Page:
Seven years into my journey with prostate cancer my oncologist walked into the examination room and said, “Ken, treatment for prostate cancer has changed.” Really? When?
Cancer patients are accustomed to the roller coaster ride known as treatment. One day you’re up, the next you’re down. We have, therefore, come to take all news — good and bad — with the proverbial grain of salt. This week I got good news.
Cancer can be an inconvenient conversation. People want to know how you’re doing, but they might not be ready for all the gory details. It’s like driving by a bad accident on the highway. You can’t help but look but hope you don’t see anything ugly.
I’ve seen them down the hall, behind closed doors; the chairs where people in various stages of concern are hooked up to tubes as drops of life-saving medicine drip steadily, hopefully, into their arms.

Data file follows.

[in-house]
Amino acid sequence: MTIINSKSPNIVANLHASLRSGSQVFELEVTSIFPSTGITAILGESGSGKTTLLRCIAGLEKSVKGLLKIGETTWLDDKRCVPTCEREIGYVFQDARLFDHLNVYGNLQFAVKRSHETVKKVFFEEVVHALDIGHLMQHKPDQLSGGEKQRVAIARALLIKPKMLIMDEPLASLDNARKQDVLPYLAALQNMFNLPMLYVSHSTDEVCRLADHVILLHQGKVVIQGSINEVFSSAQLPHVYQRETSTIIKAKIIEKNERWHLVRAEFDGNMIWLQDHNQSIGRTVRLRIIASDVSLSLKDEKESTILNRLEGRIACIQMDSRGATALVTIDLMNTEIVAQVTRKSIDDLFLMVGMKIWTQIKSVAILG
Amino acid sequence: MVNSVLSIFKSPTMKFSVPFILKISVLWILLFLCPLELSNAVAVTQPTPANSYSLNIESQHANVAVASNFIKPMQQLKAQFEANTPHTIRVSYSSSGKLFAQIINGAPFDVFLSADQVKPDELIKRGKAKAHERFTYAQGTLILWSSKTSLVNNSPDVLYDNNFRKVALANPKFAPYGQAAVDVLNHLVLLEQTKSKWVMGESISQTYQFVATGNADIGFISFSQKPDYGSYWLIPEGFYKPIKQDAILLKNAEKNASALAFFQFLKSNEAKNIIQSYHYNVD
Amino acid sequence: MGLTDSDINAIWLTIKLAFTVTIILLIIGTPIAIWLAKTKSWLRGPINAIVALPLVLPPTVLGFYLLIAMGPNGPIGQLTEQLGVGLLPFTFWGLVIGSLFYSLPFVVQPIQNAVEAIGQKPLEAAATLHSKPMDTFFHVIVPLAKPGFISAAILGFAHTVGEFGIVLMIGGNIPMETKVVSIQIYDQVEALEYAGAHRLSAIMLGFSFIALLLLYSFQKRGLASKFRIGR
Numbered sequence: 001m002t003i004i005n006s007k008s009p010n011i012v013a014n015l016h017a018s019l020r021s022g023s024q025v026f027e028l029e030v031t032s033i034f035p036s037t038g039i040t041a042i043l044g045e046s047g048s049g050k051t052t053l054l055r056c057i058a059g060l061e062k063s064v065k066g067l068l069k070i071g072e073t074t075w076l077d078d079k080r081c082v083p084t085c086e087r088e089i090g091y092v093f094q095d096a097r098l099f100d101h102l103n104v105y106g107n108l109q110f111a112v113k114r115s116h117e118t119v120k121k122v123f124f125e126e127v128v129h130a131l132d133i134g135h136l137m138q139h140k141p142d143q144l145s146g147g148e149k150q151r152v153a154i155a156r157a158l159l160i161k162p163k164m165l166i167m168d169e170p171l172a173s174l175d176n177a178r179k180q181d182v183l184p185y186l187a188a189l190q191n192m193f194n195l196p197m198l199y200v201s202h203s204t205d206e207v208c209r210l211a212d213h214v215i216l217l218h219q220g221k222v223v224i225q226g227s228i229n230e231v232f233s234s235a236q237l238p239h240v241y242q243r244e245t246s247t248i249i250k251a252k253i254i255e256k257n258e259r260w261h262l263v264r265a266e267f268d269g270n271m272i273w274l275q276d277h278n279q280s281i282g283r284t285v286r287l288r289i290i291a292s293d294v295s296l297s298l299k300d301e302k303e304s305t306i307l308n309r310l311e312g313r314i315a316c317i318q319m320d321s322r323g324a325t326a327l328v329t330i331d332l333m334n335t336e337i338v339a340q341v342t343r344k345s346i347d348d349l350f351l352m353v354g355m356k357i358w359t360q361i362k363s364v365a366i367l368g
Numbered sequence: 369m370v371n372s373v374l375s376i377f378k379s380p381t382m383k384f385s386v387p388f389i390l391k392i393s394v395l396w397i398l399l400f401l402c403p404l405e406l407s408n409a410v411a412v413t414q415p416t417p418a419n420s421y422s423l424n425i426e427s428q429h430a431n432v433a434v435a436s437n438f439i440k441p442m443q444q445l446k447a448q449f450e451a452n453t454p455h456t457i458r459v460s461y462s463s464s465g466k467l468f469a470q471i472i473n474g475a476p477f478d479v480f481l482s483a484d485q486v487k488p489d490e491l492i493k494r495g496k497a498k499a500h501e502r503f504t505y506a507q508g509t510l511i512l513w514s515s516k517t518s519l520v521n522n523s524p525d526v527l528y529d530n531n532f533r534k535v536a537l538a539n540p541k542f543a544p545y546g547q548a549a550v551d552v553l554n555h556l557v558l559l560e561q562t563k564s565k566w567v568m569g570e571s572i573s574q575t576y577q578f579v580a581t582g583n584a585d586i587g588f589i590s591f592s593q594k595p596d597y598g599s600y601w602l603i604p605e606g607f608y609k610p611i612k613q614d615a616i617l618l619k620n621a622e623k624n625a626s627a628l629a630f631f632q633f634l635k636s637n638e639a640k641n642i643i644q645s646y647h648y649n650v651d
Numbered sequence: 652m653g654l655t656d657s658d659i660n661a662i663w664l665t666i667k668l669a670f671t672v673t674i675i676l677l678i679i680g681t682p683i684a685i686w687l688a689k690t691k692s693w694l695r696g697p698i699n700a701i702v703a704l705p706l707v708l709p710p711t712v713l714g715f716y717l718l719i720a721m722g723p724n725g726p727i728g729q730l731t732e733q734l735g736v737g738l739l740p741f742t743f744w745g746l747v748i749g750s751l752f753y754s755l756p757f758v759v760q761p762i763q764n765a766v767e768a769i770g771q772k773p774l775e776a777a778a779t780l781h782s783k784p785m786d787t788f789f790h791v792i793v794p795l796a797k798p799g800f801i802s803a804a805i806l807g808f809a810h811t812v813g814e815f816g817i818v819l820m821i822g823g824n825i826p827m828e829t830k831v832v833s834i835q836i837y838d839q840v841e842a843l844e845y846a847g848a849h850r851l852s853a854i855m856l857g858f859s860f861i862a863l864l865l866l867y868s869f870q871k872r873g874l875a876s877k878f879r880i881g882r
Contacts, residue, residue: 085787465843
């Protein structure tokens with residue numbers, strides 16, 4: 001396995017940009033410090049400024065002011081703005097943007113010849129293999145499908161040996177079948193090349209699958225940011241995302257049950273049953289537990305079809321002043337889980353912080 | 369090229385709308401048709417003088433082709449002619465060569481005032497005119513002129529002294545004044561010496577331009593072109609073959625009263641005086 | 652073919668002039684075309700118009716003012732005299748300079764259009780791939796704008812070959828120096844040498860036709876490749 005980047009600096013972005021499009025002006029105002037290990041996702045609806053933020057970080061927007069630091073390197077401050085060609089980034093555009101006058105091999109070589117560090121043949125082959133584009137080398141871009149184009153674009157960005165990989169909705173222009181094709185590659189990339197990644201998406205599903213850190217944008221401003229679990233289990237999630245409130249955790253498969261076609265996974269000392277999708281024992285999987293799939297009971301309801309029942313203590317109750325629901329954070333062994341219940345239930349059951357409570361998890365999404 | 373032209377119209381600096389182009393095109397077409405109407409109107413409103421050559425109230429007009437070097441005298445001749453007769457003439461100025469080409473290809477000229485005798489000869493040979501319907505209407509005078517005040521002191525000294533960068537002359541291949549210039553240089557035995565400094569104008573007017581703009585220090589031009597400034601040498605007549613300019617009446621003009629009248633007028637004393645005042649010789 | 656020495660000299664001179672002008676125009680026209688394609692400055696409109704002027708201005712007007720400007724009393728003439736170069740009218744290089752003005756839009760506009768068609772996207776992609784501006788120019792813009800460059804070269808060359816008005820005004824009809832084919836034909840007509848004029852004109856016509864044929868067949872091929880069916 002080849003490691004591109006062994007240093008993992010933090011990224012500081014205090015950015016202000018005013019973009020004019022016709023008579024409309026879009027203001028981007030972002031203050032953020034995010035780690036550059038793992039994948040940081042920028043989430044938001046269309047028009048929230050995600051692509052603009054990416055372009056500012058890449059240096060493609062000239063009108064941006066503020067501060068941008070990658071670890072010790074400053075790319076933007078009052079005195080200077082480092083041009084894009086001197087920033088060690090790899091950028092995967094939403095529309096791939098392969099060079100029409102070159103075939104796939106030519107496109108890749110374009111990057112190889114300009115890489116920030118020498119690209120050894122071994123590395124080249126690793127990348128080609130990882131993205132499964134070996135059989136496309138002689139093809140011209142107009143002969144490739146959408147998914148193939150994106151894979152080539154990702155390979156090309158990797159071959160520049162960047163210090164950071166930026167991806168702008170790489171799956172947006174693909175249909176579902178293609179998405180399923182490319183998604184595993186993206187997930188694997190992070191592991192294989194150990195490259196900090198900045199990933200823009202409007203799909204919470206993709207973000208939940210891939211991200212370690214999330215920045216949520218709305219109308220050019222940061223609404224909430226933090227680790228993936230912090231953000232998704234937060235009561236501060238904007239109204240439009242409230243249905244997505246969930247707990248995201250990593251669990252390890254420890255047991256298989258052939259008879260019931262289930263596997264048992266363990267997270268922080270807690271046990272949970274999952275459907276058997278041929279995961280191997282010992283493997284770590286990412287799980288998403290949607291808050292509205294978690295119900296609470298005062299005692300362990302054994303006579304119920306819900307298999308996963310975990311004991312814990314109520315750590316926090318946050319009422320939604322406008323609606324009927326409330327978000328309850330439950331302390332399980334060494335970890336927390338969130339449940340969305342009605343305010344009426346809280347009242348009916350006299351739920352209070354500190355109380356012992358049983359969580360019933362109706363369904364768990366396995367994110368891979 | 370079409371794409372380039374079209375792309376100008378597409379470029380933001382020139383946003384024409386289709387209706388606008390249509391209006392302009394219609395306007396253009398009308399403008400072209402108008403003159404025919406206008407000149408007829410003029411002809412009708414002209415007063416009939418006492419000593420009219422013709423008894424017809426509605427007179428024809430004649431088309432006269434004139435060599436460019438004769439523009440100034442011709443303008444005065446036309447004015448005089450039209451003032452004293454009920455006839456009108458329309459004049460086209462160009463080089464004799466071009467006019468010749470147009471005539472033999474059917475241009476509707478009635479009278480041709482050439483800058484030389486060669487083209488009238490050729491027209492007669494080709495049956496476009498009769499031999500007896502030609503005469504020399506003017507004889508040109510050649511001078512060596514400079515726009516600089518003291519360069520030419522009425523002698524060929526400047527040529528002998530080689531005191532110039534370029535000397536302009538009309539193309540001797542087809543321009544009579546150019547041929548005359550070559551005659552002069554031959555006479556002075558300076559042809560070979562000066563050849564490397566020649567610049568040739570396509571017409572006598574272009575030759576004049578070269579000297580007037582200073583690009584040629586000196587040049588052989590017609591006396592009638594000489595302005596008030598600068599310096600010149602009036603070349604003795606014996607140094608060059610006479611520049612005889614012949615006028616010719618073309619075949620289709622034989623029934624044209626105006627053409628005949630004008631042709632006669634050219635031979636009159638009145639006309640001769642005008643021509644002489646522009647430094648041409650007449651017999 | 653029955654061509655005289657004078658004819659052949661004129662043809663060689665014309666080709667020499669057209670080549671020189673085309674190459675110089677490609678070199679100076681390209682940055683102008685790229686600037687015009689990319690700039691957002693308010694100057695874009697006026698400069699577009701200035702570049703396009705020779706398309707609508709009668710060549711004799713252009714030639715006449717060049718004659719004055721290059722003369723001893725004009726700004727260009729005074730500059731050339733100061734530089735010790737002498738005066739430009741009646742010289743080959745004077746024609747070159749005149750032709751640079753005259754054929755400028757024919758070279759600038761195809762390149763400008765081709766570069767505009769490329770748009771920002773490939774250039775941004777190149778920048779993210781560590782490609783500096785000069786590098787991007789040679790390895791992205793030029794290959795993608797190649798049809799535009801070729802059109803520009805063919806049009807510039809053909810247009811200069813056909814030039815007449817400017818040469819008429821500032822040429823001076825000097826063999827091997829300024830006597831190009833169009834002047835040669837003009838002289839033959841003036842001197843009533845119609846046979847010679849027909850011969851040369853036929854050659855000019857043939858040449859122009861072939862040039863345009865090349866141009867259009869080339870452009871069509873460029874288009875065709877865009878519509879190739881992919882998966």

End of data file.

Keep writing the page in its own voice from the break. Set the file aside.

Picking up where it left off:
Try as she did, the Red Cross nurse couldn’t get the big steel needles in my arms to cooperate. One clotted. The other simply didn’t work. Therefore, Plan B in my recent adventure to receive the Provenge treatments for my prostate cancer involved some minor surgery.
If you’re a cancer patient, there’s a milestone moment when you realize your doctor is no longer trying to save your life, but now simply trying to extend it. That moment came for me a few weeks ago when Dr. David Ellison, medical oncologist for Roper St. Francis, suggested I try Provenge